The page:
The Heart and Circulation of Blood

In this research paper, I will be analyzing the process of blood circulation within the human body. I will be focusing on the pulmonary circuit and the systemic circuit, as well as the relationship with the hepatic portal system. The combination of these systems allows the body to function properly and maintain unconscious homeostasis. I will also be talking about the effects that fitness and diet have on these processes. The pulmonary circuit passes already-used, deoxygenated and carbon dioxide-rich blood from the heart to the lungs in order for that the blood to become oxygenized.

Once oxygenized, the blood is distributed throughout the body via the systemic circuit, being transported in arteries. With the oxygen of the blood having been diffused into tissue cells, the blood that has gone through the digestive tract enters into the hepatic portal system, while blood that has not gone through the digestive tract is transported directly back to the heart. The blood that has done down the digestive tract is brought by the hepatic portal vein to the liver, to be filtered and cleaned before going back to the heart.

For the blood to get back to the heart, the liver empties the clean blood into the hepatic vein, leading to the inferior vena cava, which pumps blood into the heart’s right atrium. The cycle then begins again, as the blood in the right atrium makes its way into the pulmonary circuit again. I will talk about these three processes in my paper. The pulmonary circuit is where the blood becomes revitalized and useful again. Deoxygenated blood, blood whose strength has already been used in the body, travels from the right atrium to the right ventricle through the one-way tricuspid valve. The blood is then pumped into the pulmonary artery.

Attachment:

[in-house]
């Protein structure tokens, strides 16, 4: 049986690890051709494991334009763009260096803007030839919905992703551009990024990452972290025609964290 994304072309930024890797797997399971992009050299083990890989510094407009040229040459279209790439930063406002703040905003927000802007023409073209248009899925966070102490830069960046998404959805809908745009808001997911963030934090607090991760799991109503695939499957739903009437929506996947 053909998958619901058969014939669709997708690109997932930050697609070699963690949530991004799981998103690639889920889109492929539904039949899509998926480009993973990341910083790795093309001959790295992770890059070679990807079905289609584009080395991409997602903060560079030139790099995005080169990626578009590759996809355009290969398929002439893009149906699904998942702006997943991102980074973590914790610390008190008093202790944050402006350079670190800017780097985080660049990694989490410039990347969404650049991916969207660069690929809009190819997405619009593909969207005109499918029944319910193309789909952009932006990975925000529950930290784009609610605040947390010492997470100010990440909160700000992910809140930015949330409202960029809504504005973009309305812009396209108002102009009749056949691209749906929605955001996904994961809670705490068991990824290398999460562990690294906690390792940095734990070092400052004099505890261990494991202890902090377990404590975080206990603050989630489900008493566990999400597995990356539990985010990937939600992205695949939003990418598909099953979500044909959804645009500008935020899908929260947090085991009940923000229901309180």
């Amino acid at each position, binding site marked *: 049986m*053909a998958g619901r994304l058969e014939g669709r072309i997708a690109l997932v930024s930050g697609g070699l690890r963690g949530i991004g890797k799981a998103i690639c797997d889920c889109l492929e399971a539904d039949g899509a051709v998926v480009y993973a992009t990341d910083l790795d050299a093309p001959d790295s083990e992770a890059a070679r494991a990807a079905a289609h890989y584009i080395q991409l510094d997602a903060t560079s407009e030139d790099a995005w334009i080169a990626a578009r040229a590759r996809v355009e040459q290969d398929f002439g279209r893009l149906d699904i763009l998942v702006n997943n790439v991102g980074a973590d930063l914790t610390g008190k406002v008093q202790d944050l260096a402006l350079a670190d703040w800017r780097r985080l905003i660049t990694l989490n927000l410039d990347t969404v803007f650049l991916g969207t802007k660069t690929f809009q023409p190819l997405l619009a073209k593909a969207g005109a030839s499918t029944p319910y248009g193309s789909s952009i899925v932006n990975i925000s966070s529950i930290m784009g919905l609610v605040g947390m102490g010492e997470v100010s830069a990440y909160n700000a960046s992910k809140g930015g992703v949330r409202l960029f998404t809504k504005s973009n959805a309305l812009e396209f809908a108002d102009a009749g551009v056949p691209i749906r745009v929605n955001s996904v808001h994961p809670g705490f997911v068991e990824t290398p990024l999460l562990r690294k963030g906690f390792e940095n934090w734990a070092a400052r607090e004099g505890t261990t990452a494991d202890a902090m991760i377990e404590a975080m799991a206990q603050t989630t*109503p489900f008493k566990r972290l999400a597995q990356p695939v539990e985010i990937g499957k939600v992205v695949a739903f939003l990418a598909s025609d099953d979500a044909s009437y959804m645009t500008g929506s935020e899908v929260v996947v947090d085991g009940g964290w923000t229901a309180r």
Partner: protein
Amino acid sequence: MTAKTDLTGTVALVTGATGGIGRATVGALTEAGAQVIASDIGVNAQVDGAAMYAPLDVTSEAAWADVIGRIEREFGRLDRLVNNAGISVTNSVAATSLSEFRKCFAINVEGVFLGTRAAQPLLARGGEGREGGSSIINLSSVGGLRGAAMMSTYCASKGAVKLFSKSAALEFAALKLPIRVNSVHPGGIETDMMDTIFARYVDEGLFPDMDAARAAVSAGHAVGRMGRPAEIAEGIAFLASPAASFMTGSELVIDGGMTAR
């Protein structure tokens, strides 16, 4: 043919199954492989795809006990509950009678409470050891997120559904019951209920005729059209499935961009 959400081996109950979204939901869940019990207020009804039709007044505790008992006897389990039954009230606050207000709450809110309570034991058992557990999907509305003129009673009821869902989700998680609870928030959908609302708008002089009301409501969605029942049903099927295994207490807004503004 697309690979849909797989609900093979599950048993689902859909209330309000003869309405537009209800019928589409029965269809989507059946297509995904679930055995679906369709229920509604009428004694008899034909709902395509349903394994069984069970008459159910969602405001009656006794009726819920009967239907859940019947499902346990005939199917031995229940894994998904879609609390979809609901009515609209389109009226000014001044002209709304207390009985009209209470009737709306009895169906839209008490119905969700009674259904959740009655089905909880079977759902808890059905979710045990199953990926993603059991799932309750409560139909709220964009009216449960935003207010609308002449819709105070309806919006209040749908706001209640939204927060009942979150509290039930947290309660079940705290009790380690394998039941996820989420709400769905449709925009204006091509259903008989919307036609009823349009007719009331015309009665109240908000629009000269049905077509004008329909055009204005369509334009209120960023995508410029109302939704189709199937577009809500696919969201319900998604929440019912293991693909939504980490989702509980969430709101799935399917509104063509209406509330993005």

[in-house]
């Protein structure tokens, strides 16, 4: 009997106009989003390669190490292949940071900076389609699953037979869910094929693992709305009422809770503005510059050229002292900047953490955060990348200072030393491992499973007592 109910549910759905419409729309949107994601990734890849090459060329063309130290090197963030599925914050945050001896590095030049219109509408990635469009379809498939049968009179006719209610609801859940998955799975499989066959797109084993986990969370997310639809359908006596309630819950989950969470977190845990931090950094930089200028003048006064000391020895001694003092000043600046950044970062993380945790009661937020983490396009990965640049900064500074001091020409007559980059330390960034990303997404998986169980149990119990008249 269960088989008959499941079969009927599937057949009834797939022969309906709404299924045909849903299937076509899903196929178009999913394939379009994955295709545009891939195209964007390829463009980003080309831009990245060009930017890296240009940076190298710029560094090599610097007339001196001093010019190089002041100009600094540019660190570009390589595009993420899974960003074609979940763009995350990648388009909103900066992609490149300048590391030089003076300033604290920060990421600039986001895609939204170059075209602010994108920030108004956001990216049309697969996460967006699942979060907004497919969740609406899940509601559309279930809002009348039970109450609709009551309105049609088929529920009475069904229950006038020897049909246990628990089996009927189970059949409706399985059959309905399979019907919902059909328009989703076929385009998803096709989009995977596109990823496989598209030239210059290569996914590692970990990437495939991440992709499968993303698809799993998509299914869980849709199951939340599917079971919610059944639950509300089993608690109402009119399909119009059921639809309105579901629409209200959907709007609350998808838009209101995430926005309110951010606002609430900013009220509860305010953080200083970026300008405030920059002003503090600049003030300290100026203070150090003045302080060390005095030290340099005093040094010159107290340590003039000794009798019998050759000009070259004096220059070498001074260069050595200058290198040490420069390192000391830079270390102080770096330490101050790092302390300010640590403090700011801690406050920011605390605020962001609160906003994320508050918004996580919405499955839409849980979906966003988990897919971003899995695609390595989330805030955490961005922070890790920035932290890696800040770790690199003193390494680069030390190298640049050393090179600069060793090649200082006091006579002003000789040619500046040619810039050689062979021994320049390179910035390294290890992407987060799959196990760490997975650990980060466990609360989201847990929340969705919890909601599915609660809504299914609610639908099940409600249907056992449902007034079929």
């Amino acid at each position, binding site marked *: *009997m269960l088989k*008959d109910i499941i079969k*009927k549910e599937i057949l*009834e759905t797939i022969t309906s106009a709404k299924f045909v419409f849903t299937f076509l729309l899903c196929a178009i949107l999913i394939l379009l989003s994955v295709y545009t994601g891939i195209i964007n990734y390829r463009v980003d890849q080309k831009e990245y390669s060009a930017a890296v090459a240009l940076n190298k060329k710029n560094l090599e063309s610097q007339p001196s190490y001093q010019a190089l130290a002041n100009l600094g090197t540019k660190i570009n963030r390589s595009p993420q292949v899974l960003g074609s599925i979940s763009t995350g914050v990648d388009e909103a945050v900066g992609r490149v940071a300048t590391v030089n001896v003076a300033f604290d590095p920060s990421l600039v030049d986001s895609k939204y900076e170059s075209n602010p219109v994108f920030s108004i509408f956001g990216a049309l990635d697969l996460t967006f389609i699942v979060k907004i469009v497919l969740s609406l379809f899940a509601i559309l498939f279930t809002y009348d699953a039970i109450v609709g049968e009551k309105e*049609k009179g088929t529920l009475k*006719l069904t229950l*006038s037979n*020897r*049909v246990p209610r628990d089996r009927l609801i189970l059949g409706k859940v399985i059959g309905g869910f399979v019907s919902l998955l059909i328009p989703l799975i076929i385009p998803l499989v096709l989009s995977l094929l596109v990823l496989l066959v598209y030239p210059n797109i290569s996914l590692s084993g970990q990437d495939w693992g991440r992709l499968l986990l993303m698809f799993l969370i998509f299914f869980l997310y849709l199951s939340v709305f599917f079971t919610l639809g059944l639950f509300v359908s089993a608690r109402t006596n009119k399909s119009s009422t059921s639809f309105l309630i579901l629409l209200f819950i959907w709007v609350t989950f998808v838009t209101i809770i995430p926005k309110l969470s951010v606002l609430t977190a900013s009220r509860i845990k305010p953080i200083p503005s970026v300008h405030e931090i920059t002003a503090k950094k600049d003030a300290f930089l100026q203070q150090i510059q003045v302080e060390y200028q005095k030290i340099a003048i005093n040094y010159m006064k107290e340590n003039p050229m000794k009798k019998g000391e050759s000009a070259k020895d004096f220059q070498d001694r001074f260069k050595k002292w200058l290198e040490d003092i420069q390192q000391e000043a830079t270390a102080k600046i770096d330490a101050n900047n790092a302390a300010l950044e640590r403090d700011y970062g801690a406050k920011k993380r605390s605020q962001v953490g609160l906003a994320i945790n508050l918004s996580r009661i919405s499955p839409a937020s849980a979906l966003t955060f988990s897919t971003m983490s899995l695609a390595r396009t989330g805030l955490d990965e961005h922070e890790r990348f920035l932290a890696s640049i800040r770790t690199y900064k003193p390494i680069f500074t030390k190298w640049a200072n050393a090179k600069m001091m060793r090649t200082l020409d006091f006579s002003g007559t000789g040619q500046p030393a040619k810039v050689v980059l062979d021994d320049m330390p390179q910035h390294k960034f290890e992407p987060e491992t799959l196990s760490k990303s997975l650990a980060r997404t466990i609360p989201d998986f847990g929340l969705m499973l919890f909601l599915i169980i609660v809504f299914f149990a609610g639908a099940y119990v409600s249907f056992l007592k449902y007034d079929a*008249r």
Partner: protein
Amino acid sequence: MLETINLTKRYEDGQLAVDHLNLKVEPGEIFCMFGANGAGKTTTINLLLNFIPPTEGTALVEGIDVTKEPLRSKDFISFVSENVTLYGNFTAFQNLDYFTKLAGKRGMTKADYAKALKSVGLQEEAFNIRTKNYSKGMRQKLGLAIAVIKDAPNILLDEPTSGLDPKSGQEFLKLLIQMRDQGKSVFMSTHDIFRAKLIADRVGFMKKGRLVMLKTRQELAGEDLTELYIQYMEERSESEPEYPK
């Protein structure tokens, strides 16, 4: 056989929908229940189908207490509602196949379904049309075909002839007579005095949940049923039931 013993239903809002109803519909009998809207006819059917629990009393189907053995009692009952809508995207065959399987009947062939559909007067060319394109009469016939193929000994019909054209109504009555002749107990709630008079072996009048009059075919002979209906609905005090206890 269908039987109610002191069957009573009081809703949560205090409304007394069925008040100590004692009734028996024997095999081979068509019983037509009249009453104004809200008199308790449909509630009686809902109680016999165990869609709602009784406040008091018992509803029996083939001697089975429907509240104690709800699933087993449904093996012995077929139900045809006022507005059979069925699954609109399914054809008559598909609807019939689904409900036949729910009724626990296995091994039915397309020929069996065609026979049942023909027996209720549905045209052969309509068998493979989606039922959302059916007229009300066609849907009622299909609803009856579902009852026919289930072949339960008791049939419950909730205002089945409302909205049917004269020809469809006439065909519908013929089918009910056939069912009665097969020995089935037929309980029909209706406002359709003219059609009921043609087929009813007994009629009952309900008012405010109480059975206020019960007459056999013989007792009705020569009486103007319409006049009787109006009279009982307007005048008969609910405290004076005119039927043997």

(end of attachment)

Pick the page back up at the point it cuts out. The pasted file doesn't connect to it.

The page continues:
The pulmonary artery is unique, as it is the only artery that carries deoxygenated blood, whereas it would usually be carried by veins. The blood is then taken into the lungs in order to reach the alveoli, where the blood is enriched, and the exchange of carbon dioxide and oxygen in the blood take place. Once oxygenated, the blood travels back to the heart’s left atrium through the pulmonary vein. Just as the pulmonary artery is the only artery that carries deoxygenated blood, the pulmonary vein is the only vein in the body that carries oxygenated blood; in the system circuit, it is the other way around.

Regardless of the kind of blood they carry, it is worded this way because veins and arteries are strictly meant to take blood to and from the heart, respectively. The blood is then passed through the one-way mitral valve into the left ventricle (“Pulmonary Circulation,” n. d. ) The system circuit covers a much larger area in the body than the pulmonary circuit, and is responsible for bringing the pulmonary circuit’s oxygenated blood to the capillaries and body tissue, to use their strength and function as they should.

The oxygenated blood enters into the system circuit once it has been pumped out of the left ventricle into the aorta. From the aorta, the blood is distributed everywhere throughout the body except the lungs through arteries, traveling from head (carotid artery) to toe (iliac artery). This process has the blood giving its oxygen to the tissue cells by means of the capillaries, which allow for the exchange of carbon dioxide and oxygen between the blood and tissue cells. After giving up the oxygen, the blood collects the carbon dioxide, and thus deoxygenated.

As the blood continues to travel in the body, the capillaries merge together and become veins. The veins then send the carbon dioxide-rich blood back into the right atrium of the heart. (Fox, 2009) There are two ways for blood to enter the heart depending on which artery the blood has gone through. For instance, if it has gone to one of the upper body arteries, such as the subclavian artery, the jugular vein that carries the subclavian’s deoxygenated blood only enters the heart by going through the superior vena cava, the upper body’s entry to the heart for deoxygenated blood.